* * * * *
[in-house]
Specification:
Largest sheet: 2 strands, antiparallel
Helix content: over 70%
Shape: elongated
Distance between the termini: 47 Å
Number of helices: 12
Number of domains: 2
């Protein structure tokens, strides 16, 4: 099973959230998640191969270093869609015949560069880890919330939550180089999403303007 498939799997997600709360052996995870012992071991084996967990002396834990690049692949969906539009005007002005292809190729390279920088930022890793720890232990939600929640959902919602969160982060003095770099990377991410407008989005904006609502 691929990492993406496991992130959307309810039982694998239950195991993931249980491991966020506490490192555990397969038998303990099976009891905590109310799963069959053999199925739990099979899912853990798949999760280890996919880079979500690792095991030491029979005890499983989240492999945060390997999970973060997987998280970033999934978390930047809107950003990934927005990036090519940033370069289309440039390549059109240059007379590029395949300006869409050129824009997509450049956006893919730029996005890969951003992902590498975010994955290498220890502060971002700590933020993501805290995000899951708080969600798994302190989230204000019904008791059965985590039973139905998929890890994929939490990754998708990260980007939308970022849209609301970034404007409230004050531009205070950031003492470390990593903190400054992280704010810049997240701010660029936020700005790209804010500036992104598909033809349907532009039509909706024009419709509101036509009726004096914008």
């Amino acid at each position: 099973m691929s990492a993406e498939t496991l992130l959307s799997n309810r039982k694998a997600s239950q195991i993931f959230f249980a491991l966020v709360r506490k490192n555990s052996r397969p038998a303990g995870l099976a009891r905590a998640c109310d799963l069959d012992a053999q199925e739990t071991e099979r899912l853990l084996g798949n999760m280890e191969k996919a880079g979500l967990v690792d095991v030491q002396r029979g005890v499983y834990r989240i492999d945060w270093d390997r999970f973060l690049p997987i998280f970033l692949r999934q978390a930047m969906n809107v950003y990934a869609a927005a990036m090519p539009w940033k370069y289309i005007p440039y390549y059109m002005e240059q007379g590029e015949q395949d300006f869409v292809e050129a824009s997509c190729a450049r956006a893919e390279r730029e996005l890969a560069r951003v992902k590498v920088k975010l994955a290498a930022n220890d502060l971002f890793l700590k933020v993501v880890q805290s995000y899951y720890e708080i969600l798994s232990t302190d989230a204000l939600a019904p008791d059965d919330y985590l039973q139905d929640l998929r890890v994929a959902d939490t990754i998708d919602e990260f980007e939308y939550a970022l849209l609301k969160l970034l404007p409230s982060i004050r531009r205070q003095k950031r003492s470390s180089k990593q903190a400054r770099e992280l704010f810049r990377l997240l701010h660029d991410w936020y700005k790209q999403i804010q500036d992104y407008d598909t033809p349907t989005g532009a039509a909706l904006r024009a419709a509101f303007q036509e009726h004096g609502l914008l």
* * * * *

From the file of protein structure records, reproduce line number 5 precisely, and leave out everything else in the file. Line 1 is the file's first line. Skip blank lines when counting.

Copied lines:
Shape: elongated